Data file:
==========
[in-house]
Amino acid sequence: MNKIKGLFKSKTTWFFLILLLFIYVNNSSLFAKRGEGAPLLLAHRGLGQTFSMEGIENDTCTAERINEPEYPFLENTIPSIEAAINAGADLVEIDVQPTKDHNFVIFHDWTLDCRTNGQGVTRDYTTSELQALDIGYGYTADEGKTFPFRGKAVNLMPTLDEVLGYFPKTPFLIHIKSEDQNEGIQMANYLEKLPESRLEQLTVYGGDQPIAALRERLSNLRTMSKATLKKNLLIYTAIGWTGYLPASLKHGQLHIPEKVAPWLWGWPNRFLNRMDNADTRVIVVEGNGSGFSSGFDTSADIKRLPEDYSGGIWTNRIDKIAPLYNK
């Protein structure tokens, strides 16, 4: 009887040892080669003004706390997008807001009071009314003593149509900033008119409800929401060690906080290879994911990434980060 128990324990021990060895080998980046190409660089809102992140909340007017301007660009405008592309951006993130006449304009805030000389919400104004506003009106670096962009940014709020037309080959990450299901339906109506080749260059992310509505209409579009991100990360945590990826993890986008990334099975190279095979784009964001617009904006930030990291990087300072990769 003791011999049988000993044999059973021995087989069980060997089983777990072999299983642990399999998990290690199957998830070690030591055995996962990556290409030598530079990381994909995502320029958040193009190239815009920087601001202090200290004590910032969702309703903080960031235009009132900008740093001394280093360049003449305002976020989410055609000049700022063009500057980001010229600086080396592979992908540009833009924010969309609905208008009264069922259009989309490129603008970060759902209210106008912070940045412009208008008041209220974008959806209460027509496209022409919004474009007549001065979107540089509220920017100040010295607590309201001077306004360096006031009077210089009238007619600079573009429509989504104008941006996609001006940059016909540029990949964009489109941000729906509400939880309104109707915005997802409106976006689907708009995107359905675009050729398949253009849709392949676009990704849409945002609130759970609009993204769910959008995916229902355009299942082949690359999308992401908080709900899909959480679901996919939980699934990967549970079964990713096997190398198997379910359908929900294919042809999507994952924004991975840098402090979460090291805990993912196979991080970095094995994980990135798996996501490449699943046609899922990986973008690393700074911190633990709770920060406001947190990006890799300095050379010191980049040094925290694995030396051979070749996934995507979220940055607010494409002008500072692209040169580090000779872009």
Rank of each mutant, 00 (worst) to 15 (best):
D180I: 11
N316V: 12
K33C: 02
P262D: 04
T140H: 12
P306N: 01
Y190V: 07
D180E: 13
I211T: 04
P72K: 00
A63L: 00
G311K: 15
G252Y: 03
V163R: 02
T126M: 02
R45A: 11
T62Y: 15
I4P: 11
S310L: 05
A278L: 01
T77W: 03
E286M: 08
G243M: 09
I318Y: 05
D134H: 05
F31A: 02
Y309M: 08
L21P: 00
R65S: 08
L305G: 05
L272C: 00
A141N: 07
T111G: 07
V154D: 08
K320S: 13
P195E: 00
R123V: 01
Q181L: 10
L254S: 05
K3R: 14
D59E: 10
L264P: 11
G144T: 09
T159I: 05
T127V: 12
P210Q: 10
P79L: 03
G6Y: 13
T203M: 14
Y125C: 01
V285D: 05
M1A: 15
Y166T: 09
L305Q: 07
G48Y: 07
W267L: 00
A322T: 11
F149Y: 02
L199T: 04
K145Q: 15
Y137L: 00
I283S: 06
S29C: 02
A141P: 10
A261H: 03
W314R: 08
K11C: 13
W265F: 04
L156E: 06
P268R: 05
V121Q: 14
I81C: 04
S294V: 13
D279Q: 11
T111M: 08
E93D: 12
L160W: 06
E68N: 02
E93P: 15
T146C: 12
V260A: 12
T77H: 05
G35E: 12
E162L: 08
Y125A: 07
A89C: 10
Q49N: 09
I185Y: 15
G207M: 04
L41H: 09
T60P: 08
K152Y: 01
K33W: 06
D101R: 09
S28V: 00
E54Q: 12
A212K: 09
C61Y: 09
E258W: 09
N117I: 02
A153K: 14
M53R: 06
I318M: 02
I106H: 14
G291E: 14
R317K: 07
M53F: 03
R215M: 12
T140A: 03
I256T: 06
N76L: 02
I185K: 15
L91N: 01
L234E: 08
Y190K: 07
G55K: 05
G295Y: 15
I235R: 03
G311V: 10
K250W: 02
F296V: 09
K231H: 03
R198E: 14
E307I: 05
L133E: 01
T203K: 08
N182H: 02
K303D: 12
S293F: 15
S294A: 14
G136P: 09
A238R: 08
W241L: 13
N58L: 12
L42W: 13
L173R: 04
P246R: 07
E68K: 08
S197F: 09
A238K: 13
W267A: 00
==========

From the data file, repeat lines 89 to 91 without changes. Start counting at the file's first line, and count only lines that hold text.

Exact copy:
Y125A: 07
A89C: 10
Q49N: 09